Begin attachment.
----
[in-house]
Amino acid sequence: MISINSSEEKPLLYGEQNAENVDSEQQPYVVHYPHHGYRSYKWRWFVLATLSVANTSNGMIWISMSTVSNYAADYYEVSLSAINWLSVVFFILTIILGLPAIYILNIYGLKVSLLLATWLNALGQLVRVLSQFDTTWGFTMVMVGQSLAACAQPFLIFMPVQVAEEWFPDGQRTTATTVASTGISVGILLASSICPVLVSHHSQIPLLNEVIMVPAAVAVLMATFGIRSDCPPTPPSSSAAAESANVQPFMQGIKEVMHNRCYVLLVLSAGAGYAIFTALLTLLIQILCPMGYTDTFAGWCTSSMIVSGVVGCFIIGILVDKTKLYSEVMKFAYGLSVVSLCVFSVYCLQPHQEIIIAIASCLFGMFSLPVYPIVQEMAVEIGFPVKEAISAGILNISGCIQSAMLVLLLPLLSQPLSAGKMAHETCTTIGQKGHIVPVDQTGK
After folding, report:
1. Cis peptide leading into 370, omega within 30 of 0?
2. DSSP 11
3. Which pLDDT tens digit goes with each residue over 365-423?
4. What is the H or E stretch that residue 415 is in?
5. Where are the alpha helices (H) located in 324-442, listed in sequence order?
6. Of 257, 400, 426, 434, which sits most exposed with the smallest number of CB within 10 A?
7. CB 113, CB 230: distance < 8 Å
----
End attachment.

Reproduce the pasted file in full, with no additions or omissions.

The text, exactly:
[in-house]
Amino acid sequence: MISINSSEEKPLLYGEQNAENVDSEQQPYVVHYPHHGYRSYKWRWFVLATLSVANTSNGMIWISMSTVSNYAADYYEVSLSAINWLSVVFFILTIILGLPAIYILNIYGLKVSLLLATWLNALGQLVRVLSQFDTTWGFTMVMVGQSLAACAQPFLIFMPVQVAEEWFPDGQRTTATTVASTGISVGILLASSICPVLVSHHSQIPLLNEVIMVPAAVAVLMATFGIRSDCPPTPPSSSAAAESANVQPFMQGIKEVMHNRCYVLLVLSAGAGYAIFTALLTLLIQILCPMGYTDTFAGWCTSSMIVSGVVGCFIIGILVDKTKLYSEVMKFAYGLSVVSLCVFSVYCLQPHQEIIIAIASCLFGMFSLPVYPIVQEMAVEIGFPVKEAISAGILNISGCIQSAMLVLLLPLLSQPLSAGKMAHETCTTIGQKGHIVPVDQTGK
After folding, report:
1. Cis peptide leading into 370, omega within 30 of 0?
2. DSSP 11
3. Which pLDDT tens digit goes with each residue over 365-423?
4. What is the H or E stretch that residue 415 is in?
5. Where are the alpha helices (H) located in 324-442, listed in sequence order?
6. Of 257, 400, 426, 434, which sits most exposed with the smallest number of CB within 10 A?
7. CB 113, CB 230: distance < 8 Å